Production of juvenile salmonids in small Norwegian streams is affected by agricultural land use


Bror Jonsson, Norwegian Institute for Nature Research, Gaustadalléen 21, N-0349 Oslo, Norway.


1. We estimated the biomass and production of juvenile anadromous brown trout (Salmo trutta) and Atlantic salmon (Salmo salar) (parr) in 12 streams in the Skagerrak area of Norway to identify controlling environmental factors, such as land-use and water chemistry.

2. Production estimates correlated positively with fish density in early summer, but not with the size of the catchment. The summer biomass of age-0 brown trout and Atlantic salmon was smaller than that of age-1 and constituted 27.4 and 25.7%, respectively, of the total biomass of the two groups.

3. Mean production of brown trout from July to September varied between streams, but in most cases it was below 2 g 100 m−2 day−1. Yearly cohort production from age-0 in July to age-1 in July was 10 g m−2 or less, with mean annual production of 1.32 g 100 m−2 day−1, equivalent to 4.8 g m−2 year−1. The corresponding annual cohort production of Atlantic salmon was 0.38 g 100 m−2 day−1 or 1.4 g m−2 year−1. Annual production to biomass ratio (P/B) for brown trout of the same cohort in the various streams was between 1.47 and 4.37; the overall mean (±SD) for all streams was 2.25 ± 0.94. Mean turnover rate of Atlantic salmon was 2.73 ± 0.24.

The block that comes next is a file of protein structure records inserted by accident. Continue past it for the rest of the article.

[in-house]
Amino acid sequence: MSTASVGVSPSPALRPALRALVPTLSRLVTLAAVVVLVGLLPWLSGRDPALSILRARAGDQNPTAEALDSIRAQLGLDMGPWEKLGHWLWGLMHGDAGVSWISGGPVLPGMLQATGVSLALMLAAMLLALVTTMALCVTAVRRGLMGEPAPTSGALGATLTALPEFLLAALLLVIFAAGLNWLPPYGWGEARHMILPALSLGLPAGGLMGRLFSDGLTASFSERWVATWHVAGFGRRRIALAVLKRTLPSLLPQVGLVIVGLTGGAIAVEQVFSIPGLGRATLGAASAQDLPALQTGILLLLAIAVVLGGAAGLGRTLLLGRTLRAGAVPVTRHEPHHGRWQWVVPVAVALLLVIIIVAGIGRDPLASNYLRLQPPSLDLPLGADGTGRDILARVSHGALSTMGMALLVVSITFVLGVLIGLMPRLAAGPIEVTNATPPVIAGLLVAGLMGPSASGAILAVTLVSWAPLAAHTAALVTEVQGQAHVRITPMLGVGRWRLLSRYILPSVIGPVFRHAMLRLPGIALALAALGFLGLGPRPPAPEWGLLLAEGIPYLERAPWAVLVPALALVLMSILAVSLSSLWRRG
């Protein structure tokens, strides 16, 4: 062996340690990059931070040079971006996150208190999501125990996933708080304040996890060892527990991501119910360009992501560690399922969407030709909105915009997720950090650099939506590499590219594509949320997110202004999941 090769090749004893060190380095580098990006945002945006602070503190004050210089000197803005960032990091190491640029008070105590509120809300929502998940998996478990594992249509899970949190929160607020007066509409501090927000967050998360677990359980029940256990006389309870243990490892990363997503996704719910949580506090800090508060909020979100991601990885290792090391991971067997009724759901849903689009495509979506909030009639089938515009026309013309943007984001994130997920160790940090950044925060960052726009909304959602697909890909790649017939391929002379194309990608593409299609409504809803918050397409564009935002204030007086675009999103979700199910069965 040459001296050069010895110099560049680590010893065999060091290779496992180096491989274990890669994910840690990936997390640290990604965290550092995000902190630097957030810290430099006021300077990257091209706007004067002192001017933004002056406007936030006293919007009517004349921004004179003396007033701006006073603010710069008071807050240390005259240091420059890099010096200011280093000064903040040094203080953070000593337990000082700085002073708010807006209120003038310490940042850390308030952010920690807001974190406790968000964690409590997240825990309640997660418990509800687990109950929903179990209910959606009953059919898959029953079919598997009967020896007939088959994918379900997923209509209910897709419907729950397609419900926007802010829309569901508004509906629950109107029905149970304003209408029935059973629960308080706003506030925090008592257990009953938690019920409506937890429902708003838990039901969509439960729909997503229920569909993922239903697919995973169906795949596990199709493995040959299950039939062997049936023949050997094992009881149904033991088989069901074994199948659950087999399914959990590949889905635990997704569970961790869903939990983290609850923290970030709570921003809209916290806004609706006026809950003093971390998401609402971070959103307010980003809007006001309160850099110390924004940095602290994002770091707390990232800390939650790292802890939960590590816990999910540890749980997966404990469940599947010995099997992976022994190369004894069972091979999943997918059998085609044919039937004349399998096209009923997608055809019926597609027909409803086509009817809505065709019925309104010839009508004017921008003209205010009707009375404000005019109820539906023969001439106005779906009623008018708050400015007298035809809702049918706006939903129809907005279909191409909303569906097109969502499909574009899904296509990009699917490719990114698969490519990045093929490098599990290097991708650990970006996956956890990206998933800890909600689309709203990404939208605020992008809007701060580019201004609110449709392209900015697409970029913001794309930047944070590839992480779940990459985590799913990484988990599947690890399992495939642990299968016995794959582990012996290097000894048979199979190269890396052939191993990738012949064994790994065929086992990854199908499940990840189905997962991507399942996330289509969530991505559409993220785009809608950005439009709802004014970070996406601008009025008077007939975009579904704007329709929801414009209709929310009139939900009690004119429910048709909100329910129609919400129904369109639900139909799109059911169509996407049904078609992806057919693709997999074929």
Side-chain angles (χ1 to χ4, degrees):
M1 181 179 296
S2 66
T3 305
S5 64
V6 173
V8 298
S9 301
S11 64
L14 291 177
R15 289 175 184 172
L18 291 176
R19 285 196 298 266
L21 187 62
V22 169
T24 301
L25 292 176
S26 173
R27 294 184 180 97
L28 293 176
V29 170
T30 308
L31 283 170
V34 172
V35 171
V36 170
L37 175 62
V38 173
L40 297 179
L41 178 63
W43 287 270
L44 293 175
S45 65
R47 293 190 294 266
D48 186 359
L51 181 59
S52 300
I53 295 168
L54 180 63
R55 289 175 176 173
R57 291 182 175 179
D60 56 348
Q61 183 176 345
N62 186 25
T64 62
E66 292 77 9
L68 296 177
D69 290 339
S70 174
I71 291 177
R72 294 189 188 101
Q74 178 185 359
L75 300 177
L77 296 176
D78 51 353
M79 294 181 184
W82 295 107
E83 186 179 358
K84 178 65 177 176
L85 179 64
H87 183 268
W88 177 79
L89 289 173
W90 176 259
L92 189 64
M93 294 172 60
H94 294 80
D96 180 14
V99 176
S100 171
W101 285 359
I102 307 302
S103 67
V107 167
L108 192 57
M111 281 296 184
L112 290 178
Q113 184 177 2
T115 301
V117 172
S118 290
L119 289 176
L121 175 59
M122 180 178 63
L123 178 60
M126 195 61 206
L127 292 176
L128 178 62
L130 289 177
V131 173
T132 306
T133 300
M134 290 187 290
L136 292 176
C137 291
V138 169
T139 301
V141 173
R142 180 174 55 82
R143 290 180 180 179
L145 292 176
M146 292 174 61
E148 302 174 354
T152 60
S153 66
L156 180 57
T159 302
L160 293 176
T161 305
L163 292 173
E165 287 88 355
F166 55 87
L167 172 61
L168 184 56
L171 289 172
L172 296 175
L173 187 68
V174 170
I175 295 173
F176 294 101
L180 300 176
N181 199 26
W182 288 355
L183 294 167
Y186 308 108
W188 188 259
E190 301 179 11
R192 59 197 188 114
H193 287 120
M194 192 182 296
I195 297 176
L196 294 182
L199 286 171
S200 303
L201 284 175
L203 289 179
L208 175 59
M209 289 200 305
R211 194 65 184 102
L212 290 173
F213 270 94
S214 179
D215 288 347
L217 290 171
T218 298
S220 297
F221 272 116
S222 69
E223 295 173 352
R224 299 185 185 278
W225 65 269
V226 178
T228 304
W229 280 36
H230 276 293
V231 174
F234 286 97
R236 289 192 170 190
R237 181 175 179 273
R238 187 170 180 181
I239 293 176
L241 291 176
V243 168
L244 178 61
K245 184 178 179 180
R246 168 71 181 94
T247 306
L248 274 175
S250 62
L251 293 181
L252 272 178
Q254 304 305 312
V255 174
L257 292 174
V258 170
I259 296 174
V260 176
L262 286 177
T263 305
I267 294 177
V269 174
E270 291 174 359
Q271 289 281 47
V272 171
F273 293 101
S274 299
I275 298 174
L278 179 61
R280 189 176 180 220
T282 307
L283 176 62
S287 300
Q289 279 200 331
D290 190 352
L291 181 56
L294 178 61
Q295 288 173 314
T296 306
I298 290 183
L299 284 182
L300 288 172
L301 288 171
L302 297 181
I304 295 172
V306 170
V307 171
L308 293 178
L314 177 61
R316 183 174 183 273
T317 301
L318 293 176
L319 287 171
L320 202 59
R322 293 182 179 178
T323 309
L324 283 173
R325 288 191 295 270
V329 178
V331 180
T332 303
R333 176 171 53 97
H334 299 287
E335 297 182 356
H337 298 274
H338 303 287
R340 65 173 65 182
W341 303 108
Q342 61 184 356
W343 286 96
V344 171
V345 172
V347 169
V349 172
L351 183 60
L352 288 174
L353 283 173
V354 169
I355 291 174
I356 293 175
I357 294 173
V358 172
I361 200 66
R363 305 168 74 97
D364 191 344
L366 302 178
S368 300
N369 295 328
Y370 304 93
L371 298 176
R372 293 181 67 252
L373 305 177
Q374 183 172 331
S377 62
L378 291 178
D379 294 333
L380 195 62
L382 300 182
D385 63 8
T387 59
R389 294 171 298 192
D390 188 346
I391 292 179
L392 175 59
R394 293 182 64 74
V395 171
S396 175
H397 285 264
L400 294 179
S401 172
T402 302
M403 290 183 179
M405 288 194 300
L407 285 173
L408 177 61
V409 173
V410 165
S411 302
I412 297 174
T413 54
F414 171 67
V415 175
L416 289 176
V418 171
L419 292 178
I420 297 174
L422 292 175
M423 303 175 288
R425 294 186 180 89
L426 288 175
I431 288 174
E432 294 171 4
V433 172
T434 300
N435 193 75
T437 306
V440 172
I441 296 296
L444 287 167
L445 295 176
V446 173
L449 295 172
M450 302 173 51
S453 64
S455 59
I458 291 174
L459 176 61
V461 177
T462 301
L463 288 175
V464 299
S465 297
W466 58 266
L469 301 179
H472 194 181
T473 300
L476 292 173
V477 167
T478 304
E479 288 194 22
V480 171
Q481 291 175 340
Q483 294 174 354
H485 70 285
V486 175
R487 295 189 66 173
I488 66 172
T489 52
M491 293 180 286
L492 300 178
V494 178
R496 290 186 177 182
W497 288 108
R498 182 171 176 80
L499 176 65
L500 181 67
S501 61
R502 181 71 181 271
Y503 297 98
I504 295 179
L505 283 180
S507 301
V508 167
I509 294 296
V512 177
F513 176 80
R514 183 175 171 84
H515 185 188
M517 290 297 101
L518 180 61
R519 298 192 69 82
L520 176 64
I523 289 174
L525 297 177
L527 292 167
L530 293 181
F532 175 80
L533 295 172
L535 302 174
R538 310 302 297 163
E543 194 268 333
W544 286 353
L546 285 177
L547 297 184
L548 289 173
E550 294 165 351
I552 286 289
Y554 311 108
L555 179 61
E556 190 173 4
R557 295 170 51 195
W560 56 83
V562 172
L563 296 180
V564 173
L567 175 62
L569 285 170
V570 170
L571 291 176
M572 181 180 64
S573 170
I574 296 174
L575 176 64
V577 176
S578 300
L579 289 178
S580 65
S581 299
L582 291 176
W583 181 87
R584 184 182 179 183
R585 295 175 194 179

4. Production of 0+ brown trout during the summer correlated significantly with the percentage of agricultural land and forest/bogs in the catchment, with maxima at 20 and 75%, respectively. Age-0 brown trout production also correlated with concentration of nitrogen and calcium in the water, with maxima at 2.4 and 14 mg L−1, respectively.

5. The results support the hypothesis that brown trout parr production reflects the quality of their habitat, as indicated by the dome-shaped relationship between percentage of agricultural land and the concentration of nitrogen and calcium in the water.